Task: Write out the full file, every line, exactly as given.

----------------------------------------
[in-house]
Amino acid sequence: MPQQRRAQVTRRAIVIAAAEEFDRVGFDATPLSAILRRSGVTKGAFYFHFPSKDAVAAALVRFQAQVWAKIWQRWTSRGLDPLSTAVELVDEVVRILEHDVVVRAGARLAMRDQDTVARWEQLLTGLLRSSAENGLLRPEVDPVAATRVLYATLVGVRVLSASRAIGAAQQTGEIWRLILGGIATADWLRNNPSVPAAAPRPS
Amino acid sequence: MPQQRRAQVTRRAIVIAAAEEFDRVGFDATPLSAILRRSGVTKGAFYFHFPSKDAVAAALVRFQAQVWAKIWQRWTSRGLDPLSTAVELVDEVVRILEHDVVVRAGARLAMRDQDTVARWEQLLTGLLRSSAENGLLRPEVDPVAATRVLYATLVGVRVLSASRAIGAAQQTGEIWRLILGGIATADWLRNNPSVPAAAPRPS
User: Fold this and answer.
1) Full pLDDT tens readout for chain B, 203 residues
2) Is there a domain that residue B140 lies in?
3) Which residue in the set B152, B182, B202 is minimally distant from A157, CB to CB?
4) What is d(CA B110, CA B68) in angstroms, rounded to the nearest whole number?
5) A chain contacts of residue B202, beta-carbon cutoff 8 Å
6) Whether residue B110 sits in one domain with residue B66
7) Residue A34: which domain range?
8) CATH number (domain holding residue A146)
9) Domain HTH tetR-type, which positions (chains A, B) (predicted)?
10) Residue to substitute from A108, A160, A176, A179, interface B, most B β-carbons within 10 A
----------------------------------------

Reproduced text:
[in-house]
Amino acid sequence: MPQQRRAQVTRRAIVIAAAEEFDRVGFDATPLSAILRRSGVTKGAFYFHFPSKDAVAAALVRFQAQVWAKIWQRWTSRGLDPLSTAVELVDEVVRILEHDVVVRAGARLAMRDQDTVARWEQLLTGLLRSSAENGLLRPEVDPVAATRVLYATLVGVRVLSASRAIGAAQQTGEIWRLILGGIATADWLRNNPSVPAAAPRPS
Amino acid sequence: MPQQRRAQVTRRAIVIAAAEEFDRVGFDATPLSAILRRSGVTKGAFYFHFPSKDAVAAALVRFQAQVWAKIWQRWTSRGLDPLSTAVELVDEVVRILEHDVVVRAGARLAMRDQDTVARWEQLLTGLLRSSAENGLLRPEVDPVAATRVLYATLVGVRVLSASRAIGAAQQTGEIWRLILGGIATADWLRNNPSVPAAAPRPS
User: Fold this and answer.
1) Full pLDDT tens readout for chain B, 203 residues
2) Is there a domain that residue B140 lies in?
3) Which residue in the set B152, B182, B202 is minimally distant from A157, CB to CB?
4) What is d(CA B110, CA B68) in angstroms, rounded to the nearest whole number?
5) A chain contacts of residue B202, beta-carbon cutoff 8 Å
6) Whether residue B110 sits in one domain with residue B66
7) Residue A34: which domain range?
8) CATH number (domain holding residue A146)
9) Domain HTH tetR-type, which positions (chains A, B) (predicted)?
10) Residue to substitute from A108, A160, A176, A179, interface B, most B β-carbons within 10 A